The one thing I’m missing in the kerfuffle over Caroline Kennedy seeking the New York Senate seat being left by Hillary Clinton, assuming it’s out there somewhere, is this: who, exactly, is the highly qualified, superior, definitely ought to be in the Senate candidate she would be depriving of the seat?
Andrew Cuomo? He’s as much a legacy candidate as she would be. Yes, he’s been elected to political office before, but since when did that become a defining characteristic? Everybody runs at some point when he or she has not run before, not to mention that this is an appointment, not an election. Cinton herself had never run before and she turned out to be a pretty good senator, as did Kennedy’s two uncles. One would have been elected president had he not been assassinated and the other has compiled a senate record that may, in the long view of history, make him more important in the nation’s history than either of his brothers. And her father was, you know, President of the United States.
Here’s the thing. These appointments to seats being vacated as the result of the person currently holding it moving on to a grander position are about politics more than anything else. It’s about filling the seat with someone who will reflect the views of the party holding the governorship and the person who is leaving it (assuming they are both the same party) and who will either serve as a safe place-holder until the next election or be a good candidate in his or her own right in that election.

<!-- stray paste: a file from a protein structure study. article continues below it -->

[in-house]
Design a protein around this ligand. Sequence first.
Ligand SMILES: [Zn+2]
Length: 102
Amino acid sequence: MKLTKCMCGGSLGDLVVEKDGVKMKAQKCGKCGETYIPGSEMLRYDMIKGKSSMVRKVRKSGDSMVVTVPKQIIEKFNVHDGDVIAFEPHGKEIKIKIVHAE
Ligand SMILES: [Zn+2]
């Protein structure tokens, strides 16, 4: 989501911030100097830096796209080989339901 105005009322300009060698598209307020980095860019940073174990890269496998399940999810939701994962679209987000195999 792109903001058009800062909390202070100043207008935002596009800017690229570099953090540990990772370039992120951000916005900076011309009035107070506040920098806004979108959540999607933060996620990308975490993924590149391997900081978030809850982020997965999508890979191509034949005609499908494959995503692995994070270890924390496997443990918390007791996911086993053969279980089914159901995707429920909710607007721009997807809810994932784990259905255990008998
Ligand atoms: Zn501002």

Kennedy certainly fits all that. She will certainly be in tune with the Democratic party both on the state level and nationally and she will benefit as the heir of one of the great political machines of current times with connections everywhere. With the support of Uncle Ted, she will end up having one of the top five staffs on the Hill upon taking the oath.
And, sooner or later, she will have to face public judgment in an election or step aside for another candidate. Because the people eventually have their say, dynasty politics is not the dangerous force it has the potential to be. I am not a fan of that tradition but it has been as much a part of our culture since the early days (Adams and Adams, Roosevelt and Roosevelt and–God help us–Bush and Bush, plus very nearly Clinton and Clinton) as has the idea of the citizen politician.
Kennedy’s public life, to the extent it has been public at all, has been both exemplary and substantive. Considering that the current occupant of the White House was nothing but a spectacularly unsuccessful businessman with a checkered past that involved drug and alcohol abuse, being AWOL from his military obligations and a history of “failing upward” with the help of his father’s rich friends before being dumped into a limited-responsibility governorship by those same rich pals to position him to be a front man for their financial interests in Washington, I’d say she’s more than qualified.